When big companies see their profits threatened, they often turn to the government for support. RJ Reynolds Tobacco and Altria (formerly Philip Morris) are two of the largest tobacco companies in America. They also sell e-cigarettes, but decided just to sell the “cigalike” models which resemble traditional smoking, rather than the premium models like the box-mod. But while premium e-cigarette models and e-liquids have seen their popularity skyrocket (with a market worth of $1.5 billion and growing), the market for cigalikes has stagnated somewhat ($1 billion, flat). To snuff out the competition, Reynolds lobbied for e-cigarettes to be taxed in South Carolina, Michigan, Oklahoma and a handful of other states, while also lobbying for online e-cig stores to be banned. They have also lobbied the FDA to get premium e-cigarette models banned, and have been holding secret, undocumented meetings with the European Commission. Remember, this is a company that actually manufactures e-cigarettes lobbying to change the rules in a way that only benefits their type of product. Sadly, the tactics seem to be working — a new law coming into place in May 2016 will see premium e-cigarette models all but taken off the market, while Reynolds brand e-cigarettes remain in the game. Story by National Review Online, January 2015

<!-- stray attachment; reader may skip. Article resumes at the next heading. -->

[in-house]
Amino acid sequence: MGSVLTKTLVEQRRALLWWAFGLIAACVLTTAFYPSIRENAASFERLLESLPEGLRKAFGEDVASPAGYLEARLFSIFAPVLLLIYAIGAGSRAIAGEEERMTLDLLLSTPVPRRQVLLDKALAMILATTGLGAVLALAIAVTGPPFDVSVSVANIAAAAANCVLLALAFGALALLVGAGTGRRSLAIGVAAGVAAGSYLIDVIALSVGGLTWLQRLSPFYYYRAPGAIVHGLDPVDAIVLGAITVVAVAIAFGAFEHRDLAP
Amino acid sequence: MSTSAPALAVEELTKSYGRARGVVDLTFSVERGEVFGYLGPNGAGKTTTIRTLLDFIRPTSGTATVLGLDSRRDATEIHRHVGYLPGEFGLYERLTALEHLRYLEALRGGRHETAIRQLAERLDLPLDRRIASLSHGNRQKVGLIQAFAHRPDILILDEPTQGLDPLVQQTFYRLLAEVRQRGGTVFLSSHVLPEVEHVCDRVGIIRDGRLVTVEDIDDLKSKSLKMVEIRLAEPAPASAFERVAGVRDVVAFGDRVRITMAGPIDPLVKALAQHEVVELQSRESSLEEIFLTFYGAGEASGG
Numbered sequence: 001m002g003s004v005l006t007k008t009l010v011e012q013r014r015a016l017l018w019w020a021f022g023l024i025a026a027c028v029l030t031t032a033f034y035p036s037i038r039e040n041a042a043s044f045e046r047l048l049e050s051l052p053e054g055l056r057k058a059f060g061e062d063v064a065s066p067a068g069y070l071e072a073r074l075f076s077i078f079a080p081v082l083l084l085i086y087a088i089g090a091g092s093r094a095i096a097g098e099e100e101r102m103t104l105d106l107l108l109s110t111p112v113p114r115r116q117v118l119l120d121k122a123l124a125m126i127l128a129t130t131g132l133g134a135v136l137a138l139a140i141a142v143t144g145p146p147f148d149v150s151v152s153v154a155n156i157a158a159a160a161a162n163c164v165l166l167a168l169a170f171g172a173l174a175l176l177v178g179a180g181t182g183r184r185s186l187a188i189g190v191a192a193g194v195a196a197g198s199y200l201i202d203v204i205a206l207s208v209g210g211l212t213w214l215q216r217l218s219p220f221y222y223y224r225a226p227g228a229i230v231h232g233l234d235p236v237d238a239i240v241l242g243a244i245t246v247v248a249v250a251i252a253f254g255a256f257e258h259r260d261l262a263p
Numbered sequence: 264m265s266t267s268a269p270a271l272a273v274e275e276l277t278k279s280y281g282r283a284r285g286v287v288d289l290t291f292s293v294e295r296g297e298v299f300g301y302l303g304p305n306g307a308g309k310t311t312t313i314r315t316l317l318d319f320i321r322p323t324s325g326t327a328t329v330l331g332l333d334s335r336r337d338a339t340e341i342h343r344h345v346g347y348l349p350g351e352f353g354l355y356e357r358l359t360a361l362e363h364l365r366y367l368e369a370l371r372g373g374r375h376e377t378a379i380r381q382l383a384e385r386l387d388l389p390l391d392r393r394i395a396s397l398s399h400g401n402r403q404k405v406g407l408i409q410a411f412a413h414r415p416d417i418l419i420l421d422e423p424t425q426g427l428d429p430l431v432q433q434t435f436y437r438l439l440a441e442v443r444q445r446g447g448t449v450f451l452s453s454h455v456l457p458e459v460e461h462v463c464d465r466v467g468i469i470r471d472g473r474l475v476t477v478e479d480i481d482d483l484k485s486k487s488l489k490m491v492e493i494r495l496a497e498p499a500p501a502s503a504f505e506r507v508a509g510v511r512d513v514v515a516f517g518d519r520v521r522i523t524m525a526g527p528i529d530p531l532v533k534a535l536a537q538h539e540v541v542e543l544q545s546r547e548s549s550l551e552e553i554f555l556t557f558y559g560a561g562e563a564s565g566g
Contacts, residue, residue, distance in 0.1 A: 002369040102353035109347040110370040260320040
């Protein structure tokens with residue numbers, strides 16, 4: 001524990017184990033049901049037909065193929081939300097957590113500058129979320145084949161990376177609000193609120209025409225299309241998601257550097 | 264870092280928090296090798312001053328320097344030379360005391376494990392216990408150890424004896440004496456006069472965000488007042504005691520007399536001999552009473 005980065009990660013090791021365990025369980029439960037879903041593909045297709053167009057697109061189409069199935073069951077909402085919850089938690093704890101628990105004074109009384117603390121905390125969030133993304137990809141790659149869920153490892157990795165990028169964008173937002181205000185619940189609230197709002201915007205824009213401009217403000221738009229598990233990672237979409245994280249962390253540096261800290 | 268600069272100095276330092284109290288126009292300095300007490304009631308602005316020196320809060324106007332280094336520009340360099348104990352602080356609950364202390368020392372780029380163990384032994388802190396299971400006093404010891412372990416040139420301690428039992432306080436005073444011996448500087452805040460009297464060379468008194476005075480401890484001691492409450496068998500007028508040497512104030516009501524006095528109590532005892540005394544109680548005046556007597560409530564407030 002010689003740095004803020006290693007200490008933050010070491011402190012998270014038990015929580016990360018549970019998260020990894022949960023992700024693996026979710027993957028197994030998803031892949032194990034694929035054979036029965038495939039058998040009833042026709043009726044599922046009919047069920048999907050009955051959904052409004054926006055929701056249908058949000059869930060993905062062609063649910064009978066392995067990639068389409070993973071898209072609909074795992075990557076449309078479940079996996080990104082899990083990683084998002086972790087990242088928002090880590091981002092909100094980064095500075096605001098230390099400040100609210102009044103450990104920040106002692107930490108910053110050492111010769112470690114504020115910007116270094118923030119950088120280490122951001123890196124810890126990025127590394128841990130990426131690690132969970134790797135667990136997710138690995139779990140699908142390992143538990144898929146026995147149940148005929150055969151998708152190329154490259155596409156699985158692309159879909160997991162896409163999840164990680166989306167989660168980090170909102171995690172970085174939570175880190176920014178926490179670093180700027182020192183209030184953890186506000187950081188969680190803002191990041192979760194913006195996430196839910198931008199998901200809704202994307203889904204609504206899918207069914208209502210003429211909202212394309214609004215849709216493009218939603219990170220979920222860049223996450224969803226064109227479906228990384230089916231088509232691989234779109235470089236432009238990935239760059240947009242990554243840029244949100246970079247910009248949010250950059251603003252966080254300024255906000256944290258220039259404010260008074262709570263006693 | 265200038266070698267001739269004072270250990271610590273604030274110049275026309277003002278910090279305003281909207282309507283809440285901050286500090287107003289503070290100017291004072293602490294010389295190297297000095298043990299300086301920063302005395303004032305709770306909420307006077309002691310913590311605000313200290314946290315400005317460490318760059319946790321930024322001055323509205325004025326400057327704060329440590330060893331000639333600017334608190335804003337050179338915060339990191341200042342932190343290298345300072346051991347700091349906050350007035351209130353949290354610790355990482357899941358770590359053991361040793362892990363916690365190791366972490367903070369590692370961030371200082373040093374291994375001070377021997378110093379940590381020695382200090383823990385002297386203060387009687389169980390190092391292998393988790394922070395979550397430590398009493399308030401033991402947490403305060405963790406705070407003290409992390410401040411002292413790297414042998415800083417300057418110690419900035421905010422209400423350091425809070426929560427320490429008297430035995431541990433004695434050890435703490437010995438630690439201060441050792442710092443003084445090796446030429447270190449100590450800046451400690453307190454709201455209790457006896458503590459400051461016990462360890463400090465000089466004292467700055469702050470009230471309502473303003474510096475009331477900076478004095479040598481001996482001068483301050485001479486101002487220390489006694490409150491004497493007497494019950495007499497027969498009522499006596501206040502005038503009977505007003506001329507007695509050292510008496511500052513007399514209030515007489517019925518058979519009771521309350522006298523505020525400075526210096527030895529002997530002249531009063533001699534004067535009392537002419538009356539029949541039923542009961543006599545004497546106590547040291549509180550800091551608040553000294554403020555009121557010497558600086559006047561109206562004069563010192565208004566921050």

• People can’t stop reading about exploding e-cigarettes…